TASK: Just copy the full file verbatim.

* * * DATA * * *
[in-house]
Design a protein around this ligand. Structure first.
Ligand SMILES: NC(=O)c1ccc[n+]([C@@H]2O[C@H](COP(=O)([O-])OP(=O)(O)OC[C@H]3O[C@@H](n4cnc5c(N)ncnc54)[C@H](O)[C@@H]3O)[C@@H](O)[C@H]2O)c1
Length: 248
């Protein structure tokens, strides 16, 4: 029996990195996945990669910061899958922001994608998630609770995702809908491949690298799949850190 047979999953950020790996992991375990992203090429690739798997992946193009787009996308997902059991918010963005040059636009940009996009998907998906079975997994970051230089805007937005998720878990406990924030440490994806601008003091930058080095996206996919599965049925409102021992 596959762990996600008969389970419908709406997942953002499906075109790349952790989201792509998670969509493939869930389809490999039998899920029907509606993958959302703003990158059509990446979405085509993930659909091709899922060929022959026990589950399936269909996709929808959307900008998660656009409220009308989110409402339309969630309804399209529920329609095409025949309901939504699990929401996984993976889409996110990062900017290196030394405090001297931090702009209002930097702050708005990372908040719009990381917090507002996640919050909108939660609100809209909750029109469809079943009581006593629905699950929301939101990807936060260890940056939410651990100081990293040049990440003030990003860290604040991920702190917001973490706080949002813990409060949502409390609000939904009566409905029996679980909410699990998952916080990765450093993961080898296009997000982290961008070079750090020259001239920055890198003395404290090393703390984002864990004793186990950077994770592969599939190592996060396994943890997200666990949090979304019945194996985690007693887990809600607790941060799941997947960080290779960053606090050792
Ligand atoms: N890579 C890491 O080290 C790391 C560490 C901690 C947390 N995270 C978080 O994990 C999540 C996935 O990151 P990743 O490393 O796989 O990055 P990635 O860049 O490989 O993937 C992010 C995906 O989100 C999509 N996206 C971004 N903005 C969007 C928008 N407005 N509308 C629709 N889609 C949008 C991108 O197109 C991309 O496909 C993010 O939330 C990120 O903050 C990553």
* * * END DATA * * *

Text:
[in-house]
Design a protein around this ligand. Structure first.
Ligand SMILES: NC(=O)c1ccc[n+]([C@@H]2O[C@H](COP(=O)([O-])OP(=O)(O)OC[C@H]3O[C@@H](n4cnc5c(N)ncnc54)[C@H](O)[C@@H]3O)[C@@H](O)[C@H]2O)c1
Length: 248
């Protein structure tokens, strides 16, 4: 029996990195996945990669910061899958922001994608998630609770995702809908491949690298799949850190 047979999953950020790996992991375990992203090429690739798997992946193009787009996308997902059991918010963005040059636009940009996009998907998906079975997994970051230089805007937005998720878990406990924030440490994806601008003091930058080095996206996919599965049925409102021992 596959762990996600008969389970419908709406997942953002499906075109790349952790989201792509998670969509493939869930389809490999039998899920029907509606993958959302703003990158059509990446979405085509993930659909091709899922060929022959026990589950399936269909996709929808959307900008998660656009409220009308989110409402339309969630309804399209529920329609095409025949309901939504699990929401996984993976889409996110990062900017290196030394405090001297931090702009209002930097702050708005990372908040719009990381917090507002996640919050909108939660609100809209909750029109469809079943009581006593629905699950929301939101990807936060260890940056939410651990100081990293040049990440003030990003860290604040991920702190917001973490706080949002813990409060949502409390609000939904009566409905029996679980909410699990998952916080990765450093993961080898296009997000982290961008070079750090020259001239920055890198003395404290090393703390984002864990004793186990950077994770592969599939190592996060396994943890997200666990949090979304019945194996985690007693887990809600607790941060799941997947960080290779960053606090050792
Ligand atoms: N890579 C890491 O080290 C790391 C560490 C901690 C947390 N995270 C978080 O994990 C999540 C996935 O990151 P990743 O490393 O796989 O990055 P990635 O860049 O490989 O993937 C992010 C995906 O989100 C999509 N996206 C971004 N903005 C969007 C928008 N407005 N509308 C629709 N889609 C949008 C991108 O197109 C991309 O496909 C993010 O939330 C990120 O903050 C990553």